- Neel, his best friend from sixth grade who’s built a minor empire around Anatomix, a female body part simulation/enhancement program vital to video games and digital cinema—otherwise, he’s not budged emotionally from their Dungeons-and-Dragons days; and
- His night-shift colleague Oliver, a Berkeley grad student in archeology, training to become a museum curator
—to assess and unravel the deepening mystery of the fellowship of the Unbroken Spine. Armed with its passphrase and talisman—two hands joined like an open book—they combine Kat’s Google access and resources, Mat’s modeling skills, and Oliver’s way around antiquity with Clay’s coding skills to unlock the identity of the Master. Then, they’re off on a quest to locate the fellowship’s subterranean Reading Room, the repository of all its secrets
This is not your typical adventure. No bullwhips, fedoras, or exotic, evil foreigners; instead, a gang of geeks into workplace rock-wall climbing, self-conscious macrobiotic diets, and vanity T-shirts. Their “villains,” such as they are, are old, distracted, and subcorporate—geeked out themselves, on books. No Gulfstream jaunts to craggy or post-Renaissance European capitals—just a red-eye to Gotham on borrowed coach tickets and doubling up at a cheap hipster hotel. The denouement takes place at a storage facility in Enterprise, Nevada. Not only is it no less satisfying—it’s hilarious. It’s the Four Stooges against the Franciscans, astride the digital divide, with the future of printed books and all of human knowledge at stake. Or not.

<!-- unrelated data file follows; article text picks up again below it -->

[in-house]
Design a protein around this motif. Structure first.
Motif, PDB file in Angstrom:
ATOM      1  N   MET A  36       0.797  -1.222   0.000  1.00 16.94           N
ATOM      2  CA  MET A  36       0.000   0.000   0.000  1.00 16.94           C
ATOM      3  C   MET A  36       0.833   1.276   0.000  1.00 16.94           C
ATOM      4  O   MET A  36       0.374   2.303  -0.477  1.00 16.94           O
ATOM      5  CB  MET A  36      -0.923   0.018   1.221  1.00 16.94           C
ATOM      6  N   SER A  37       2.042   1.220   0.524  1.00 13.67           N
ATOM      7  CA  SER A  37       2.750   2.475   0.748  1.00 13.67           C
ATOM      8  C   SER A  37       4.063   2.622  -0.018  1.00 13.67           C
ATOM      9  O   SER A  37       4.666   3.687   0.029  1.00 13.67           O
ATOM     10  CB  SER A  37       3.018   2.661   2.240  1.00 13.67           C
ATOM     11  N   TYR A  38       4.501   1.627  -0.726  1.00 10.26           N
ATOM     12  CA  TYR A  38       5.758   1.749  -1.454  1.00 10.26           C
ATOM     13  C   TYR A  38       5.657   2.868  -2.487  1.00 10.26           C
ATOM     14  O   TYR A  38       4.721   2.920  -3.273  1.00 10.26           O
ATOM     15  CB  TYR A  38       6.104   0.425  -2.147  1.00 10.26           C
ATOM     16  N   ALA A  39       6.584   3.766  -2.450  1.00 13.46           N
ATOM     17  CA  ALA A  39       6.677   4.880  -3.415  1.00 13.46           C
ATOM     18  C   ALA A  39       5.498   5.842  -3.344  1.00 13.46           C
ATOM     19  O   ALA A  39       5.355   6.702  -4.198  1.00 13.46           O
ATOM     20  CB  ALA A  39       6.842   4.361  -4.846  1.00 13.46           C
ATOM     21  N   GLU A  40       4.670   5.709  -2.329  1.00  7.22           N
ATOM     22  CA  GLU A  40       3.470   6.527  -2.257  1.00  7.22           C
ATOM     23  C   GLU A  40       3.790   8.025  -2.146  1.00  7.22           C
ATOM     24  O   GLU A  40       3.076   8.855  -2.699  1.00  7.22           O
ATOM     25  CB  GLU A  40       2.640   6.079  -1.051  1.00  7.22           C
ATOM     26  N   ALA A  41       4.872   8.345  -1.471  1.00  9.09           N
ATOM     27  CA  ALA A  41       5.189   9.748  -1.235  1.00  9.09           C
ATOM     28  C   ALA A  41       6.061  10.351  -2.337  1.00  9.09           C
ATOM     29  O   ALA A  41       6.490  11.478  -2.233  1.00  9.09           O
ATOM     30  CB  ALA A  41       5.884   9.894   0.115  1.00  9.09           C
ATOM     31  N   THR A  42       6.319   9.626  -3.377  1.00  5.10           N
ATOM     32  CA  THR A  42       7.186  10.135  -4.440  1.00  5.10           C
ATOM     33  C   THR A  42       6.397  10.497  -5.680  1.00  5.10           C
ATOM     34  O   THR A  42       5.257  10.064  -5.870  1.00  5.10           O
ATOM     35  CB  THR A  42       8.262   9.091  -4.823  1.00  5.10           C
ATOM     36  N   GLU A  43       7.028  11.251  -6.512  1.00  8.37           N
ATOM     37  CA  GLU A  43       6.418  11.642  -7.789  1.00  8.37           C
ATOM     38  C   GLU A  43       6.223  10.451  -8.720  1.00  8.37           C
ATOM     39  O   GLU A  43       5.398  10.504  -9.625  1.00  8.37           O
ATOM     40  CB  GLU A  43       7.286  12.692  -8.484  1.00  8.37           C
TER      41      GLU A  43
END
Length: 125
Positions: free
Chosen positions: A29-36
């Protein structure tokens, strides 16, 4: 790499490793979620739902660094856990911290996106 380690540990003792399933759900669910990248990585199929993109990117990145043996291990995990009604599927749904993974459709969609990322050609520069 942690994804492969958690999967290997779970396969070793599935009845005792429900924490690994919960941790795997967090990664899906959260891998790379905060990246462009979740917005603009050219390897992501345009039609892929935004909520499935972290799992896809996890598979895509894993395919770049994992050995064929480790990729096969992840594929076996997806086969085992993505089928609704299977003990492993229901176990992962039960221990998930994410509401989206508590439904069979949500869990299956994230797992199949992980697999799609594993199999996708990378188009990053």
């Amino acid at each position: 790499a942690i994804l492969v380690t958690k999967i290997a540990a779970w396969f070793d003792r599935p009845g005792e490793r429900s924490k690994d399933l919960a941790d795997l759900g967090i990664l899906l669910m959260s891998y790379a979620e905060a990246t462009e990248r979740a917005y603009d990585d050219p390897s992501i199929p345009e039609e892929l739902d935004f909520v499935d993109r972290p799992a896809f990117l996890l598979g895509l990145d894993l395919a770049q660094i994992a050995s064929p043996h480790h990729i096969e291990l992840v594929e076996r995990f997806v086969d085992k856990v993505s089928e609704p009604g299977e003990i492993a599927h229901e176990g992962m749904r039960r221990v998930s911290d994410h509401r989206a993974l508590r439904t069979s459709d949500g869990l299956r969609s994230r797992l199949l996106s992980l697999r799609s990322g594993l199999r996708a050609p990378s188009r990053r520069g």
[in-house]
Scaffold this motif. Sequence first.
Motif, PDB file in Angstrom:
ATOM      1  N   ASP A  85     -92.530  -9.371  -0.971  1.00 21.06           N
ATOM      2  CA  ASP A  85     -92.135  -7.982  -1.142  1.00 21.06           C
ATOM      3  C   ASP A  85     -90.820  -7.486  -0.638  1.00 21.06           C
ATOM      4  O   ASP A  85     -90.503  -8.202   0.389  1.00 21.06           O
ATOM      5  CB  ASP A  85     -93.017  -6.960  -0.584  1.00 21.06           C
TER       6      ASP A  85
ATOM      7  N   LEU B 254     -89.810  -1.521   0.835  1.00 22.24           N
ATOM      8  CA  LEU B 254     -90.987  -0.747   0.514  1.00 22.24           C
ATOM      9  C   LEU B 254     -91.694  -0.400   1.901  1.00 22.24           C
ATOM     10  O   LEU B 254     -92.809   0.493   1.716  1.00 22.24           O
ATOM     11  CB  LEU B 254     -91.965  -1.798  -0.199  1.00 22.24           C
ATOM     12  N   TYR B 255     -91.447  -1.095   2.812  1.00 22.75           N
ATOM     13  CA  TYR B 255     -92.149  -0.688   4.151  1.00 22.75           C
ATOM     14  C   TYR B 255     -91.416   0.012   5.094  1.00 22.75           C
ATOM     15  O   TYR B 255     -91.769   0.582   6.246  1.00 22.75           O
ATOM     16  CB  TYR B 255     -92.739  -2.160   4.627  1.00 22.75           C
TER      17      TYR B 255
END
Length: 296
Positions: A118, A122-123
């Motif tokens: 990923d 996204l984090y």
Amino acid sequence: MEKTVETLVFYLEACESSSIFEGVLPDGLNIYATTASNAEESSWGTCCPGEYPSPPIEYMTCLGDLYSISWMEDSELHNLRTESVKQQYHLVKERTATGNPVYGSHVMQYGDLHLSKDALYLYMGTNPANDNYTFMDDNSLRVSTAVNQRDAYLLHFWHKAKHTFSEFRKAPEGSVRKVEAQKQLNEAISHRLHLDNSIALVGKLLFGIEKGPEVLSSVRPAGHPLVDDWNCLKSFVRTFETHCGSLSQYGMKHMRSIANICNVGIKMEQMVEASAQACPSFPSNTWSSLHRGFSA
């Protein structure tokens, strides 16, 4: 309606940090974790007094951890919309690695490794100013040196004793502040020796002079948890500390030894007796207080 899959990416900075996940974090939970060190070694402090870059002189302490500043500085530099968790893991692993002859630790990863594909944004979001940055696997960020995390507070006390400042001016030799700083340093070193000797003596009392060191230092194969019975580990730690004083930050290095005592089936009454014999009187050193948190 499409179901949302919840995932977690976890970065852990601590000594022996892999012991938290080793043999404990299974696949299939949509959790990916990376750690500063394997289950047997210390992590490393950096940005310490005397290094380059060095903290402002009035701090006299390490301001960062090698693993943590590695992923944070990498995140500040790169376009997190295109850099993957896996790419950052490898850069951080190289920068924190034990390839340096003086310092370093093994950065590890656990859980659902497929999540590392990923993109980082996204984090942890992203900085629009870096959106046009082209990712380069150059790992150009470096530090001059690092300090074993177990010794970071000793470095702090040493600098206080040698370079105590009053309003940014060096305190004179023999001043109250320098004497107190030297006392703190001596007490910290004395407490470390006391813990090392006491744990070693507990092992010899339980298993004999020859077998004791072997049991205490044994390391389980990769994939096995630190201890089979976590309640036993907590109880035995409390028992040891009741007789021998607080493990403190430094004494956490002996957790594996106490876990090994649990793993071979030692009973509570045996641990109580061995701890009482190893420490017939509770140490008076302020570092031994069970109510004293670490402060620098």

For me, Clay’s style as a narrator is the best part of this tale. Imagine a round-shouldered, Casual Friday nerd instead of Steve Carrell in The Office—or, more likely, Matthew Broderick in Ferris Bueller’s Day Off—looking at you, spontaneously and occasionally, to offer his own color commentary to the story’s play-by-play. It’s honest, charming, revelatory—and hilarious.
Did I mention that Sloan is clever? You’ll find yourself Googling “Gerritszoon” and “font.” (Yes, you will.) The name of the Manhattan pub where they plot their book burgling? “The Anchor and Dolphin.” To accomplish his mission, Clay is required to cast about in subterranean darkness to find specific volumes. The dust jacket of Mr. Penumbra’s 24-Hour Bookstore glows in the dark.
I rest my case.